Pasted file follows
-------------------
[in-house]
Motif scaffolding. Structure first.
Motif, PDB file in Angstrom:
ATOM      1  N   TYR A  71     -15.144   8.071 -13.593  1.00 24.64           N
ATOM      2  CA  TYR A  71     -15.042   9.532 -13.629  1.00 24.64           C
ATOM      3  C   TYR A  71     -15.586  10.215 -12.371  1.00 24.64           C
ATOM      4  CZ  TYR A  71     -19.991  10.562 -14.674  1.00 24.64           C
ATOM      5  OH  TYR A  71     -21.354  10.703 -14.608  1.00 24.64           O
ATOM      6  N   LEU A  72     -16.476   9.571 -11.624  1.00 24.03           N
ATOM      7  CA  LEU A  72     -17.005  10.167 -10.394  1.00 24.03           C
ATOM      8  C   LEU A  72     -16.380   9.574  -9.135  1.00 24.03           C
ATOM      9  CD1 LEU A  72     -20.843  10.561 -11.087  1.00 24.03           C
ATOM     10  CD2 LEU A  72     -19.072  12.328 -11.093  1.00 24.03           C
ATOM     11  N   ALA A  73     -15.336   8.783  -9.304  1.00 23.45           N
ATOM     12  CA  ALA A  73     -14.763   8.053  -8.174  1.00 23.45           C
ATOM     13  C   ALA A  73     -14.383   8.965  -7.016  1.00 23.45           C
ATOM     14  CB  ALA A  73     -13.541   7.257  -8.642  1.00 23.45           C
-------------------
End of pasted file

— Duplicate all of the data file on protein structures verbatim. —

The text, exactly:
[in-house]
Motif scaffolding. Structure first.
Motif, PDB file in Angstrom:
ATOM      1  N   TYR A  71     -15.144   8.071 -13.593  1.00 24.64           N
ATOM      2  CA  TYR A  71     -15.042   9.532 -13.629  1.00 24.64           C
ATOM      3  C   TYR A  71     -15.586  10.215 -12.371  1.00 24.64           C
ATOM      4  CZ  TYR A  71     -19.991  10.562 -14.674  1.00 24.64           C
ATOM      5  OH  TYR A  71     -21.354  10.703 -14.608  1.00 24.64           O
ATOM      6  N   LEU A  72     -16.476   9.571 -11.624  1.00 24.03           N
ATOM      7  CA  LEU A  72     -17.005  10.167 -10.394  1.00 24.03           C
ATOM      8  C   LEU A  72     -16.380   9.574  -9.135  1.00 24.03           C
ATOM      9  CD1 LEU A  72     -20.843  10.561 -11.087  1.00 24.03           C
ATOM     10  CD2 LEU A  72     -19.072  12.328 -11.093  1.00 24.03           C
ATOM     11  N   ALA A  73     -15.336   8.783  -9.304  1.00 23.45           N
ATOM     12  CA  ALA A  73     -14.763   8.053  -8.174  1.00 23.45           C
ATOM     13  C   ALA A  73     -14.383   8.965  -7.016  1.00 23.45           C
ATOM     14  CB  ALA A  73     -13.541   7.257  -8.642  1.00 23.45           C